Electoral Analysis: Bihar
The NDA bagged 39 of the 40 LS seats in Bihar by stringing together several social components.
From Anish Ankur in Patna
The outcome of the Lok Sabha elections in Bihar has been unprecedented. The sweeping victory of the NDA winning 39 of the 40 seats in the State has stunned the observers. Riding the Modi wave, the NDA juggernaut has reduced to pulp the entire Mahagatbandhan (MGB) led by the Rashtriya Janata Dal whose supremo Laloo Yadav has been in jail for the last couple of years. The five-party MGB alliance could win just a lone seat of Kishenganj where Congress candidate Dr. Mohammed Jawed registered his victory.
Biggies on the Trash Heap
In the dustbin of the electoral rejects can be seen leaders like film actor Shatrughan Sinha, former Speaker of Lok Sabha Meira Kumar, former Union Minister Upendra Kushwaha, former chief minister Jitan Ram Manjhi and veteran socialist leader Sharad Yadav. The rout of the RJD has come as a shocker and may spell trouble for Tejaswi Yadav, younger son of Laloo Yadav, who is the principal Opposition leader. The outcome has hiked people’s expectation for ‘Development’ from the Nitish Kumar’s ‘Double Engine’ Government (NDA at the Centre as well as in Patna). One of the most talked about personalities in the election, Kanhaiya Kumar of JNU, came second in Begusarai against BJP’s Giriraj Kishore.
The grand alliance’s drubbing at the hustings has been more severe than in 2014 when it could take at least seven of the 40 seats. The seat saw a three-cornered contest and RJD’s Tanweer Hasan even lost his deposit. Such was the magnitude of defeat that the combined count of both the CPI and the RJD is less by a margin of two lakh votes from the BJP rival. Most of the NDA nominees won by an average margin of two lakh votes. An interesting fact about elections in Bihar is that NOTA votes accounted for third highest on 13 seats.
But why did the MGB fail so miserably? Poll observers link the failure primarily to RJD chief’s absence from the poll arena and then to delay in reaching the seat adjustment and RJD’s strategic ploy to accord priority to smaller allies such as RLSP, HAMS and VIP over the nominees from the Congress in matters of seat allocation.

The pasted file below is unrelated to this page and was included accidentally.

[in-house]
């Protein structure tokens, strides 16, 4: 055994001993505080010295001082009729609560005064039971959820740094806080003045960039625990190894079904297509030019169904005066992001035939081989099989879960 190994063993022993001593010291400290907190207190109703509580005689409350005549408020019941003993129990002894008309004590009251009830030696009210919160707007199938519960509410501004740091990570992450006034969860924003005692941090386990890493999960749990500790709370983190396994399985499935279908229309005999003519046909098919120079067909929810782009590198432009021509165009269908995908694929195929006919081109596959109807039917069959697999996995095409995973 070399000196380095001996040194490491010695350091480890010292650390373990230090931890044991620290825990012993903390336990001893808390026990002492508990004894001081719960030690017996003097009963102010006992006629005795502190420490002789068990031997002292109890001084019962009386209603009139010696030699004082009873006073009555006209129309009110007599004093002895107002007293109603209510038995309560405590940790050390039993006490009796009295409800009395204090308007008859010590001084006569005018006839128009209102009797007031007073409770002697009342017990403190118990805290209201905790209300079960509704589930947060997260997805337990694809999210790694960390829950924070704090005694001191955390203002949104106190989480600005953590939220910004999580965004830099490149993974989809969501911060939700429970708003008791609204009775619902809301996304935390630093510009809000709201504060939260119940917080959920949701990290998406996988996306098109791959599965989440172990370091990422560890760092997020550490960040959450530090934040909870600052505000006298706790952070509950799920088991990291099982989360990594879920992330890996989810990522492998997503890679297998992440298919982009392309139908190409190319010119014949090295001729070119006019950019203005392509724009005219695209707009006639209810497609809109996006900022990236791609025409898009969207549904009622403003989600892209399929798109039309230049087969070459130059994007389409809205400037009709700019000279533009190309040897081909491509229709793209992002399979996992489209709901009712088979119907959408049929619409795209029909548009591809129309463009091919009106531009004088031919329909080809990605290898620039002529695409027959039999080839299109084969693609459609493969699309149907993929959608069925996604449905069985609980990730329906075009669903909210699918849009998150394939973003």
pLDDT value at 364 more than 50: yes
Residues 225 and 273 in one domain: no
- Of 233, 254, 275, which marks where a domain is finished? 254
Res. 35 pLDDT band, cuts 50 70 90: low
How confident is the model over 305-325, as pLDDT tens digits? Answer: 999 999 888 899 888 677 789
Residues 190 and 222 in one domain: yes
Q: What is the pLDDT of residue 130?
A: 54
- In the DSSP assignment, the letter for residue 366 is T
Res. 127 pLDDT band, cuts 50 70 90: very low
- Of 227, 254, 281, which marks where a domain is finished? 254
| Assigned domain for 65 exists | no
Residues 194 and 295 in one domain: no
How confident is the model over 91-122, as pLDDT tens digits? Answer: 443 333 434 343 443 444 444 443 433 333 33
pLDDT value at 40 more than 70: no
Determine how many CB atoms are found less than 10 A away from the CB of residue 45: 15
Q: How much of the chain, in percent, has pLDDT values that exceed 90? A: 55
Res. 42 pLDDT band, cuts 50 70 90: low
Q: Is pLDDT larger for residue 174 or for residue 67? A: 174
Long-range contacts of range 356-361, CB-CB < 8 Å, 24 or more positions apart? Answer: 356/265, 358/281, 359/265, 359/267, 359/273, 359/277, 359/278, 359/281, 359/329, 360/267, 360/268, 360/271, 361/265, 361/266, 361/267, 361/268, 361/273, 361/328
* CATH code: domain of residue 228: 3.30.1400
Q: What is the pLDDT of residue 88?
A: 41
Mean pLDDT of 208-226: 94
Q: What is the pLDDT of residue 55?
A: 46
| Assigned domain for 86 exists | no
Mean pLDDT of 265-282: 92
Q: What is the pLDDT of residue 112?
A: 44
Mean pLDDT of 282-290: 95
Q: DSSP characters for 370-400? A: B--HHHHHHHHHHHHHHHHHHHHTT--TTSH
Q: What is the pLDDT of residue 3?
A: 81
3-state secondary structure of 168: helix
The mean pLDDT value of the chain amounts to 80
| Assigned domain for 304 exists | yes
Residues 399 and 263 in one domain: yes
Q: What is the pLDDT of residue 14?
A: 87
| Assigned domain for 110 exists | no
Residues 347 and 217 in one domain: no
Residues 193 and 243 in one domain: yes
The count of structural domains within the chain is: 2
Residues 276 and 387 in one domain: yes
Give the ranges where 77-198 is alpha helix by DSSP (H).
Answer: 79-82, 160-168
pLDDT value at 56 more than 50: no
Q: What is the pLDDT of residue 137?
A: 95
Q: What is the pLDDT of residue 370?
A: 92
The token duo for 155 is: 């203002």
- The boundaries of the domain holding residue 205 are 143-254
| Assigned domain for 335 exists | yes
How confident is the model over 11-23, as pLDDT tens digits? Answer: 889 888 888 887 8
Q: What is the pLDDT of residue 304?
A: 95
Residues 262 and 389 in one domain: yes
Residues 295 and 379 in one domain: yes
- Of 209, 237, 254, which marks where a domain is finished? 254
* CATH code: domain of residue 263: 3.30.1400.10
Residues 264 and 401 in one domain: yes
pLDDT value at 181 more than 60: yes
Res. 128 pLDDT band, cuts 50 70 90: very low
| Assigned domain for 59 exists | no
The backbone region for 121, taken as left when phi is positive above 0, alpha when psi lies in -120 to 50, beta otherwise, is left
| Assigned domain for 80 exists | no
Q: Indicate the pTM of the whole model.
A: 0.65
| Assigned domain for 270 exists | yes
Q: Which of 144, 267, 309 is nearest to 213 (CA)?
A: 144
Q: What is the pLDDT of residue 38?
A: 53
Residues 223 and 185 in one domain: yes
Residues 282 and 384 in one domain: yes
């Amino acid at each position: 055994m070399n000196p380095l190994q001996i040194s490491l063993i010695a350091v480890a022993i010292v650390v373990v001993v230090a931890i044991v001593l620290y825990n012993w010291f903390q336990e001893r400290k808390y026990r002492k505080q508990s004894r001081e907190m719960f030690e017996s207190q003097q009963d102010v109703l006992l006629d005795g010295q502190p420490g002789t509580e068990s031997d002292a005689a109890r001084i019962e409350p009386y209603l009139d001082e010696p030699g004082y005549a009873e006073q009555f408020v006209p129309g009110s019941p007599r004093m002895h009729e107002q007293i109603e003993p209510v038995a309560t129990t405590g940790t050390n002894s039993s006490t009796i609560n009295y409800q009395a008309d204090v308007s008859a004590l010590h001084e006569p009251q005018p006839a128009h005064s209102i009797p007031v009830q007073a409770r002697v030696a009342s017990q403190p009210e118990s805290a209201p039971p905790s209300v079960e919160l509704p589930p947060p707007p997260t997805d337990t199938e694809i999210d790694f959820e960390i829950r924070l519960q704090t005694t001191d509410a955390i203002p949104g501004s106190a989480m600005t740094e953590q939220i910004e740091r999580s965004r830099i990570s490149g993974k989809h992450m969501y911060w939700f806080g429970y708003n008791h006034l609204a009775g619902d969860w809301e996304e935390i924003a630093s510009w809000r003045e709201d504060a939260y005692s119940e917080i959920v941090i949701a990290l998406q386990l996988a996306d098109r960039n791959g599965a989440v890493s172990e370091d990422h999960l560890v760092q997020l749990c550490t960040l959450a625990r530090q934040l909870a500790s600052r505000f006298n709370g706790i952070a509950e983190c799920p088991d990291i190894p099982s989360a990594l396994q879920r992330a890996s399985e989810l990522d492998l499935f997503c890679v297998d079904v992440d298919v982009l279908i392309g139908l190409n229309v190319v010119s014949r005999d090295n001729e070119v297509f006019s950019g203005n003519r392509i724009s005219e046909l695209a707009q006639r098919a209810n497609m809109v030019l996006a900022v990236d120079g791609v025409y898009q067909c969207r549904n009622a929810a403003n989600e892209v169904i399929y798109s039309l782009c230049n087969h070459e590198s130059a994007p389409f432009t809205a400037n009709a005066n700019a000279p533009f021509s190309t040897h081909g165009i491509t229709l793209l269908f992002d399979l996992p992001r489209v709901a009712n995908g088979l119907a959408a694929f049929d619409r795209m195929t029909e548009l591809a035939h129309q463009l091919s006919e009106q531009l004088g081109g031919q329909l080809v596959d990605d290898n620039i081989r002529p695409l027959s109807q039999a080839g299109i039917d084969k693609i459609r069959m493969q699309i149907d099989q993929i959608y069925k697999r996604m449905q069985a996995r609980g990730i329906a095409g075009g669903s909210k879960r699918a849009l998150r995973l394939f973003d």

But even this alliance did not work properly. Says Vinit Rai, socio-political activist: Delay in seat adjustment and rebel candidates of RJD and Congress who contested against the official nominees, be it in Madhubani, Jehanabad, Shivahar and Buxar, spoiled the prospects. Laloo’s elder son Tej Pratap rebelled against his brother sending wrong message across the core constituency of Laloo’s supporters. Even Tejaswi and Rahul Gandhi did not campaign together till the third phase of the election. Cracks were evident in the traditional Muslim-Yadav combination. “Tejaswi lacked his father’s capability to effect vote-transfer among these two important social components”, says social scientist D. M. Diwakar.
Congress also performed clumsily. According to poll watcher Gopal Sharma, weak organisational structure and over-dependence on ‘imports’ led to the disaster. Some of the imported nominees such as Shatrughan Sinha, Neelam Devi and former BJP MP, Uday Singh fielded by the Congress, failed to connect with the workers who remained indifferent.
Interestingly, even in terms of social components that the BJP, the JDU and the LJP (led by Ramvilas Paswan) represented, the NDA harvested better dividends than the Gatbandhan. They had together taken 30% votes in 2014. But this time round, their combined tally of votes soared to 52.30%. Their coming together had a multiplier effect. In 2014, JDU had contested alone and had to be content with victory on two seats. Having moved to the NDA side, the BJP and LJP sacrificed five seats to accommodate Nitish’s party. Thus, while the BJP and JDU were assigned 17 seats each, the LJP was given six seats. While the BJP brought uppercaste votes, the JDU with deep penetration among extremely backward classes (EBCs), boosted the prospects. The LJP further enhanced the prospects with its Dalit component.
No Counter Narrative
Along with the caste arithmetic, the strong organisational structure and assiduously built electoral machinery over the years, played a decisive role in NDA’s favour. Says educational activist Gajendrakant, with the help of its giant election machinery, monopoly over media and digital platforms and money power, the BJP was able to sell and send its narrative to the voters more effectively. The narrative was centred around development and nationalism, the latter carrying a communal connotation.
Caste turning into Class
Gajendrakant goes on to say that the parties in opposition, despite their rich political experience, were not able to create a their counter-narrative against the BJP. It is buttressed by Ghalib Khan who travelled extensively during the elections, says the fight was almost one-sided. “The NDA was much ahead of the Gatbandhan. He says, the political weight of the neo-rich rural class has increased considerably in recent years and it is they who control and direct the electoral behaviour of the poor who work on their farms. “It is entirely new phenomenon which cannot be understood through coloured glasses of caste. In my view, it is the victory of the new capital,” he asserts.
What does this success mean to Bihar? Will the new NDA Government respond to Nitish Kumar’s old demand of special status to Bihar? Incidentally in the last phases of elections Nitish started raising the issue of special status. The questions now uppermost in minds are: How the Parliamentary elections will impact the prospects of 2020 Assembly elections? Will the Grand alliance partners remain within the RJD fold till then? Will Bihar Assembly elections be fought with the same combination or a new set of equations will emerge?